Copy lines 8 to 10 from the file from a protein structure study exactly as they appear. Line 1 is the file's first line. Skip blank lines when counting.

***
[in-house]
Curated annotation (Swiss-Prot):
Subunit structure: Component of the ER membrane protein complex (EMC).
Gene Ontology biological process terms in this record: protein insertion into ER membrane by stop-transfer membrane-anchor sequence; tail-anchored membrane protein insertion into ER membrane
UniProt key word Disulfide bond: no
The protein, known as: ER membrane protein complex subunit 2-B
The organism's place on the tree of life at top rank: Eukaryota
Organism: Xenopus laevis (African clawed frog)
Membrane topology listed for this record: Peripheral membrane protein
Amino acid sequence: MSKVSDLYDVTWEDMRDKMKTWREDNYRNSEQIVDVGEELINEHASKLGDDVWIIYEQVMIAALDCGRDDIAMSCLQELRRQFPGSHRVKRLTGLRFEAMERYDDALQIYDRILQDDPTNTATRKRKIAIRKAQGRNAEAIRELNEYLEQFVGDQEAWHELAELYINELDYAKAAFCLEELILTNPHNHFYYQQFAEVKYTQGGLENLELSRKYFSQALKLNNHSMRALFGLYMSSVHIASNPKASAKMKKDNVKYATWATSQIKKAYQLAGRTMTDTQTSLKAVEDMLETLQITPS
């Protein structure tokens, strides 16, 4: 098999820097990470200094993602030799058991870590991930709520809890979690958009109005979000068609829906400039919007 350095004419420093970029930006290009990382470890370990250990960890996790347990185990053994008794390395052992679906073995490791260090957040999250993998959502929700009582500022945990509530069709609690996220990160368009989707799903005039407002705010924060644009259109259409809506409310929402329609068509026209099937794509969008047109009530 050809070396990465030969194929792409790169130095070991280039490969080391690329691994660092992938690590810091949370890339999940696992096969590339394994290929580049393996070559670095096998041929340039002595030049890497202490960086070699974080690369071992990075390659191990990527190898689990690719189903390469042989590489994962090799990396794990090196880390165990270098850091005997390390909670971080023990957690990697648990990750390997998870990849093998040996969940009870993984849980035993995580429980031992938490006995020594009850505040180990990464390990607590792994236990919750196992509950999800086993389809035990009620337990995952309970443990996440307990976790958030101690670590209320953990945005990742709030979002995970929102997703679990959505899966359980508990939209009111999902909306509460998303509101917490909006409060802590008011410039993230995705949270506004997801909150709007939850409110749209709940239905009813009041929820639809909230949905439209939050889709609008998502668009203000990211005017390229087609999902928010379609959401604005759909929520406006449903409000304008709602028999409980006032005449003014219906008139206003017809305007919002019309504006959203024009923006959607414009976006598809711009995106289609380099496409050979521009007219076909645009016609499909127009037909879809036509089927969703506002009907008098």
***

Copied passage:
Organism: Xenopus laevis (African clawed frog)
Membrane topology listed for this record: Peripheral membrane protein
Amino acid sequence: MSKVSDLYDVTWEDMRDKMKTWREDNYRNSEQIVDVGEELINEHASKLGDDVWIIYEQVMIAALDCGRDDIAMSCLQELRRQFPGSHRVKRLTGLRFEAMERYDDALQIYDRILQDDPTNTATRKRKIAIRKAQGRNAEAIRELNEYLEQFVGDQEAWHELAELYINELDYAKAAFCLEELILTNPHNHFYYQQFAEVKYTQGGLENLELSRKYFSQALKLNNHSMRALFGLYMSSVHIASNPKASAKMKKDNVKYATWATSQIKKAYQLAGRTMTDTQTSLKAVEDMLETLQITPS